Much like a white patch on a black cat, a well-placed mole can render a human face visually balanced and lovely; whereas, the bridge of a certain nose can interrupt the flow of an entire profile, tossing the whole impression into that familiar pile, the “plain” face.

Now, take the Creator. If God had wanted to reveal Omnipotence to the human race, might the Almighty have appeared in some daunting, looming, larger than life presentation, commanding our immediate subjection and pronouncing upon us, the created collective, one sweeping absolution?

And, how might we have responded?

Rather, the inconspicuous, messy fragility of childbirth, followed by growth to maturity – this manifestation coming upon the clear midnight with us almost entirely, save a handful of lowly onlookers, unawares.

How many of us have been, through the ages, then found to be drawn in by this, as if to a mystery, compelling our best intuitive, analytical and reactive efforts – and, our recognition?

That which is just beyond our reach and experience is ever of pre-eminent value.

Better to be persuaded to ponder perfection.

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© 12/22/17  Ruth Ann Scanzillo      All rights those of the author, whose lowly name appears above this line. Be human, but good. There’s the challenge.

littlebarefeetblog.com

 

 

“How Can We Lose, When We’re So Sincere?”

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“How can we lose, when we’re so sincere?”,  Charlie Brown bemoaned.

Sincerity has an indefinable ring to it.

Like a well worn song, it is always recognizable.

In children, it moves the hardest heart to tears, and silences – albeit momentarily – the otherwise blindly ambitious. In all its raw irrepressibility, sincerity always trumps deceit.

The Obamas have it.
And, Joe Biden – God! In abundance.

Bernie had it, until he was shut down.

Donald Trump.has.it. Granted, he is largely repulsive to most of us, with his unbearable absence of couth, his defiant arrogance, his inability to remember what he said or when he said it, and his awful, even cruel, sometimes infantile, attitudes toward people who are not like him.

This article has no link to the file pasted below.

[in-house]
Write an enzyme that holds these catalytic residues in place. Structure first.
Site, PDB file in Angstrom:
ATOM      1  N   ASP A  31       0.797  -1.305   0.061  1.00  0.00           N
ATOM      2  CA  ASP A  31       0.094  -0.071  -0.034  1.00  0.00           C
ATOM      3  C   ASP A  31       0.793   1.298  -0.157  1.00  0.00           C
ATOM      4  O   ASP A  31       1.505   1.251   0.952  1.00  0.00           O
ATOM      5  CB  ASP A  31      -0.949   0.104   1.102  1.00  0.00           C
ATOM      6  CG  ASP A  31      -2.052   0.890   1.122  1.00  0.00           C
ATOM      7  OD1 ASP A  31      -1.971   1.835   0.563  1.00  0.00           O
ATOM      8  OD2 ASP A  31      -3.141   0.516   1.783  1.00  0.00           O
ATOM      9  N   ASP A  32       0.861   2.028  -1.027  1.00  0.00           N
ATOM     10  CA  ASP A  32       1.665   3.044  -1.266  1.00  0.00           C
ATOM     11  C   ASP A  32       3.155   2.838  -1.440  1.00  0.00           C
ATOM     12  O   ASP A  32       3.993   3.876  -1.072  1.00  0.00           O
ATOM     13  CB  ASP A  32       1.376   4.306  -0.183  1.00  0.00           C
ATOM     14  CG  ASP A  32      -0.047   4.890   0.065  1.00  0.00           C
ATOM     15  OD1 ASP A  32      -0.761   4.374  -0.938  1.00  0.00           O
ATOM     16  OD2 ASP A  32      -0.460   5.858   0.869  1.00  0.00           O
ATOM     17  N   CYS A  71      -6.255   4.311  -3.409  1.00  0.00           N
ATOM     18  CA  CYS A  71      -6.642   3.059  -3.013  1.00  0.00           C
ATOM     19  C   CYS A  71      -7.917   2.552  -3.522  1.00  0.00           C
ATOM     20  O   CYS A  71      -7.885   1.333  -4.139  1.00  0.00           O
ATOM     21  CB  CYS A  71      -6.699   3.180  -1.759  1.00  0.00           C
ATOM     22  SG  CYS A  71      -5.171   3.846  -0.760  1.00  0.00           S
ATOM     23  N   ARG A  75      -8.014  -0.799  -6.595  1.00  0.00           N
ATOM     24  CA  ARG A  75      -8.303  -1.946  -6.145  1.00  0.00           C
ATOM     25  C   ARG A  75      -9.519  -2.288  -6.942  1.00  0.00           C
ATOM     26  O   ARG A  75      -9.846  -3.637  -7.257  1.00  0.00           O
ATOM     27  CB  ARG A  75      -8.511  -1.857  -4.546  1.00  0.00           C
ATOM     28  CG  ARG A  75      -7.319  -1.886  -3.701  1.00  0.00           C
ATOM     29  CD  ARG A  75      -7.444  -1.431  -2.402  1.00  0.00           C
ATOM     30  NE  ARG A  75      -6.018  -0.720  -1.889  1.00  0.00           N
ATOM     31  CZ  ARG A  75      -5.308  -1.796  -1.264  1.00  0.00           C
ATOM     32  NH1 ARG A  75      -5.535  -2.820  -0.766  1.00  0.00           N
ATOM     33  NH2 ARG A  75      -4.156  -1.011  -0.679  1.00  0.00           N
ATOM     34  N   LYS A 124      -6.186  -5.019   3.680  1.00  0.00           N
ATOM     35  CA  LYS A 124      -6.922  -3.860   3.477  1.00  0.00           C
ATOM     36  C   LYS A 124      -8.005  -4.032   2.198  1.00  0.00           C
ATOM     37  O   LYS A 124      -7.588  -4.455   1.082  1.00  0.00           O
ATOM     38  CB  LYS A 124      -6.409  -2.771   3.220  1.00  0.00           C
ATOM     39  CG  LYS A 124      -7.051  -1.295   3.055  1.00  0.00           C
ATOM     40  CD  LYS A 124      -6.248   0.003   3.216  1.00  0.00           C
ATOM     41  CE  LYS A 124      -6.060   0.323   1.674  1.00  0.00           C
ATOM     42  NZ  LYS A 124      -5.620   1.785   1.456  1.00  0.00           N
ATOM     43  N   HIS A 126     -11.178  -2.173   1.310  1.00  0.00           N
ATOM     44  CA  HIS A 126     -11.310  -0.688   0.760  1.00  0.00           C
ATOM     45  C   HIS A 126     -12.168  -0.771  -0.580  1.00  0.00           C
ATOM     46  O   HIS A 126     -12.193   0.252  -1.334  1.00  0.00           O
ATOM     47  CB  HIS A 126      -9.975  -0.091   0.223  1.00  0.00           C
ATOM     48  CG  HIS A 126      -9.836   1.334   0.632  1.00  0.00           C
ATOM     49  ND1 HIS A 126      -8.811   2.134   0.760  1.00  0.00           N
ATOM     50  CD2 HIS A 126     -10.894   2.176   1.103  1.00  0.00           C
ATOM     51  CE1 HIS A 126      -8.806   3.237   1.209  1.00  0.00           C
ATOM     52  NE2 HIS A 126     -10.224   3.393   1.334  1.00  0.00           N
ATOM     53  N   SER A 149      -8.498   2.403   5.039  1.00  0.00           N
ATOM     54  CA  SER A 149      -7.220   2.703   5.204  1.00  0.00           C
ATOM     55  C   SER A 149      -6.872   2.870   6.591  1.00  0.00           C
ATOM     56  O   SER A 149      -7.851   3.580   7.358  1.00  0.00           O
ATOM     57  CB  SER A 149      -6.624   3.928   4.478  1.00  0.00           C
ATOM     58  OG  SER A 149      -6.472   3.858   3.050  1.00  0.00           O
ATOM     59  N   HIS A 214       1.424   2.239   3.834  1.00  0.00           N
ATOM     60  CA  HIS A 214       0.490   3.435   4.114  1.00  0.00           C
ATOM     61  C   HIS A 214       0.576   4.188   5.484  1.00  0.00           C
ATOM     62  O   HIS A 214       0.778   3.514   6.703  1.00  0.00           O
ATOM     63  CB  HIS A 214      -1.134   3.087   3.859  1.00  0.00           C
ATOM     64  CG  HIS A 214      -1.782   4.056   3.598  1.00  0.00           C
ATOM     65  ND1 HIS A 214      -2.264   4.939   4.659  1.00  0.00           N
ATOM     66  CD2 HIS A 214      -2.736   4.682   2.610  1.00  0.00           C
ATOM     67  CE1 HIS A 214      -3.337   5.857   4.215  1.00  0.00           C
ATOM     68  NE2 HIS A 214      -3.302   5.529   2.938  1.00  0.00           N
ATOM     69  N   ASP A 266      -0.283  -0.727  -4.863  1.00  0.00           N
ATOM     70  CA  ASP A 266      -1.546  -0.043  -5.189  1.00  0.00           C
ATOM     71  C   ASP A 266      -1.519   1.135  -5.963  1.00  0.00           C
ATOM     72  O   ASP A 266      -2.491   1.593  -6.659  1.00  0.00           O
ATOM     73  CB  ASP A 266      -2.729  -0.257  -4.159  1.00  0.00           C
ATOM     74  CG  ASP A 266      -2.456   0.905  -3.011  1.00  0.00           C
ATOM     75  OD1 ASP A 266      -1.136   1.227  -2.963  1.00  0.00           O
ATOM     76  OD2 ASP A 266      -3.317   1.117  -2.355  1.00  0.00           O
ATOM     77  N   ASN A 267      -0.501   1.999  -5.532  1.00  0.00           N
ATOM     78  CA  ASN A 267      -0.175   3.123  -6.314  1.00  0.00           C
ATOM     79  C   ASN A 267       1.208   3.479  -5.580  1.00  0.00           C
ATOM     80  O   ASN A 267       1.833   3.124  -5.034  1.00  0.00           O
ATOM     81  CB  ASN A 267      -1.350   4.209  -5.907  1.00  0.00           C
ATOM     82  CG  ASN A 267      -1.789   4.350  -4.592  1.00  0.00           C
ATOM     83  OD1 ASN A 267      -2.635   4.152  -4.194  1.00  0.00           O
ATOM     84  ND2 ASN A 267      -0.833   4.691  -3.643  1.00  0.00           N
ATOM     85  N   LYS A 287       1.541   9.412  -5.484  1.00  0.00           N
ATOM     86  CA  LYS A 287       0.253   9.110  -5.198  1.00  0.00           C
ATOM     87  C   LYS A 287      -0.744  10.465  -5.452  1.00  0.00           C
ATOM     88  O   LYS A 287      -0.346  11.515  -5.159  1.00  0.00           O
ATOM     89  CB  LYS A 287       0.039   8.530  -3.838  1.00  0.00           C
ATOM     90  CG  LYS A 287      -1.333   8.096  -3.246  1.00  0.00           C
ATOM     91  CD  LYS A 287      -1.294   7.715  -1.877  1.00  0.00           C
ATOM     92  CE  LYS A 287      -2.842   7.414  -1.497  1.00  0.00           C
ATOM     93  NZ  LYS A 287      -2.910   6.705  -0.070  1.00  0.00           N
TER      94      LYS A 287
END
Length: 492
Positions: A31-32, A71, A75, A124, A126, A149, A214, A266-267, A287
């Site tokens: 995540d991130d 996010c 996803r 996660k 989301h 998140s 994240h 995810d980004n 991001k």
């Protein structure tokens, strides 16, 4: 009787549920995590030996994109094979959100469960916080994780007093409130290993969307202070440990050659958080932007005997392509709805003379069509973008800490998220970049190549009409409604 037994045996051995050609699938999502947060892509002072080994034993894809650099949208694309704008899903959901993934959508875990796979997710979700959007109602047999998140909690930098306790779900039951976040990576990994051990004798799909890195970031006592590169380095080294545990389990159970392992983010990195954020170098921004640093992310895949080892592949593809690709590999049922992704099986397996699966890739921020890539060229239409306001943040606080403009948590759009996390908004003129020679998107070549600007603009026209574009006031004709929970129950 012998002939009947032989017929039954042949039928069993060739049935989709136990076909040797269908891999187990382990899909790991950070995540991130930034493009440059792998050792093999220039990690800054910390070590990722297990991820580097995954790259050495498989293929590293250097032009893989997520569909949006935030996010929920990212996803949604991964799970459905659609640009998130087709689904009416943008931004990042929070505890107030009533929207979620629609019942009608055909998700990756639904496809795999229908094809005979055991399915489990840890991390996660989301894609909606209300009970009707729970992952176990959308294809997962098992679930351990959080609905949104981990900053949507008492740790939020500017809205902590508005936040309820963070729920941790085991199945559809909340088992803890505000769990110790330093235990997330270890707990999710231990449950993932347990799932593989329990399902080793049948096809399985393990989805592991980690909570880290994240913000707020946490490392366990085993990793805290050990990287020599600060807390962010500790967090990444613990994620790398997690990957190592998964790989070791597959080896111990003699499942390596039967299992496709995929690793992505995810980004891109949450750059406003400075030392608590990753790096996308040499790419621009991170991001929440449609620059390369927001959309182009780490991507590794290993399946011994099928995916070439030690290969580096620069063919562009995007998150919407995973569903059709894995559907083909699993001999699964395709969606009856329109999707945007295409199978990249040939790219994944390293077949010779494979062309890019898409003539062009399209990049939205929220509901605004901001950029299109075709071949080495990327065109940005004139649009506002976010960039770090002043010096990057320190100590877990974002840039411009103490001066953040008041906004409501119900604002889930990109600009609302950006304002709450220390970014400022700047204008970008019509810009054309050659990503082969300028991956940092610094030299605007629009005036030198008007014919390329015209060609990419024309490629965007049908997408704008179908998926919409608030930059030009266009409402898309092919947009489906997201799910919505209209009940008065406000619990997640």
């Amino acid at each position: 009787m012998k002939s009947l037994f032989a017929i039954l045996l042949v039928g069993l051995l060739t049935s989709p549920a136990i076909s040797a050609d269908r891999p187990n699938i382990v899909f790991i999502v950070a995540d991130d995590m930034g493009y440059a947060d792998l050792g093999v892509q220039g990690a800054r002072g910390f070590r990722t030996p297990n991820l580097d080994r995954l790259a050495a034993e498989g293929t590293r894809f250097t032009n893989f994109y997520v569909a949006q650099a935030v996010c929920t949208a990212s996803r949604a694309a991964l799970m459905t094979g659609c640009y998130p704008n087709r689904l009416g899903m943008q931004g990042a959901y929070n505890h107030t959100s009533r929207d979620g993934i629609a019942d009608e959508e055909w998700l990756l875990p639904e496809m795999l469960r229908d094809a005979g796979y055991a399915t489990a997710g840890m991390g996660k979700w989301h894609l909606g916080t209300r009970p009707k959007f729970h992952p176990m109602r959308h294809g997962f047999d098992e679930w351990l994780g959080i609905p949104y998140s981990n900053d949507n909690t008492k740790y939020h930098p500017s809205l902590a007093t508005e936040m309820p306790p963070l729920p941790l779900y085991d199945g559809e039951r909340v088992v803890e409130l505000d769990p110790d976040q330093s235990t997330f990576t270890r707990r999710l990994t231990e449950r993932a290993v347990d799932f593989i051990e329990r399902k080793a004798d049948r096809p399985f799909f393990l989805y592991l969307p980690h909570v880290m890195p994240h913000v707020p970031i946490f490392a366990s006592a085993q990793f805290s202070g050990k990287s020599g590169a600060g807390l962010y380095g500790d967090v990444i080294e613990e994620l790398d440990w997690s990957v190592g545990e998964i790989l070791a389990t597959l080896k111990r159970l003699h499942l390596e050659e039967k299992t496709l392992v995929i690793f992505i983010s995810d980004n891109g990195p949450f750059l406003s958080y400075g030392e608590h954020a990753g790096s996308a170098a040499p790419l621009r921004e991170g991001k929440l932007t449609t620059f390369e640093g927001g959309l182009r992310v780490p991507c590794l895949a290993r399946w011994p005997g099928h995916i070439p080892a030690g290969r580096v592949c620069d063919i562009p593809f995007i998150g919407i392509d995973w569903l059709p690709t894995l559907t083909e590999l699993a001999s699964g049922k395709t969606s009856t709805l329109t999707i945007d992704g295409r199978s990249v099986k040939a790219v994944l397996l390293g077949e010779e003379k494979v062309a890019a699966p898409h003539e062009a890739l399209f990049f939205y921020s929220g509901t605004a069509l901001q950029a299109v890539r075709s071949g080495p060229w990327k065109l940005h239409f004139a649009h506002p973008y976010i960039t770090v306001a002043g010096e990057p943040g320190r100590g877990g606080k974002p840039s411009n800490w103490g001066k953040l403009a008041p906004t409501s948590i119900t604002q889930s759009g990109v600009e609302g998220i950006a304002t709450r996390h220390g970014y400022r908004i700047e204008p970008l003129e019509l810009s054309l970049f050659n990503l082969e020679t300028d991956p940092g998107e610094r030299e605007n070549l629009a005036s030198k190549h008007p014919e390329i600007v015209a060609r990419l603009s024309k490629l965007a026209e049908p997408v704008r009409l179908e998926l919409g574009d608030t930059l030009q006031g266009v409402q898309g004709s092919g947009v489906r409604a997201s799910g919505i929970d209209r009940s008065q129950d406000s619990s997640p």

But, deep within all of us, somewhere in our oldest brain, the stem maybe, we harbor a matrix of survival instincts. And, within this matrix is a sense for the authentic. We can’t, no matter how loudly we protest to the contrary, live without sincerity, because it is the embodiment of truth.

Julian Assange is openly reviled by many. He’s the single entity who brought down Hillary Clinton.

Or, is he? Could she not have been the victim of her own missteps, and did he just happen to find the footprints?

I know one thing. As a musician, I am always listening for pitch, tones that are matched with specific vibrational frequency. And, I am attuned to tone quality, as well, the timbre of a well-adjusted instrument and its player’s technique for bringing that out to the ear.

There was always something about Hillary, in her voice, her manner, that just didn’t ring true for me. I couldn’t name it; I couldn’t find it; and, yet, I needed to know it.

Less than twenty four hours before this election day, I finally made contact with its source. To my interpretation, she had something so profound to hide that the efforts to keep this from us were gargantuan. And, consequently, deceit permeated every cell in her body.

Deceit is distinct from dishonesty. One can make a recklessly untrue statement, and that can qualify as a lie. Even pathological liars are sincere. Deceit is deliberately obscuring the truth.

The reason Trump won the Presidency is being hotly debated well into the morning hours of this new day, by those far more qualified than I to say a word about it. But about this, there is no denying: the sheer volume of American people who craved sincerity over deceit trumped all.

Now, the rest of us must live in that light. And, our ears are ringing.

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© Ruth Ann Scanzillo   11/9/16    All rights those of the author, whose name appears above this line. Thank you for your respect. I voted for Jill Stein. Good night, John Boy.

littlebarefeetblog.com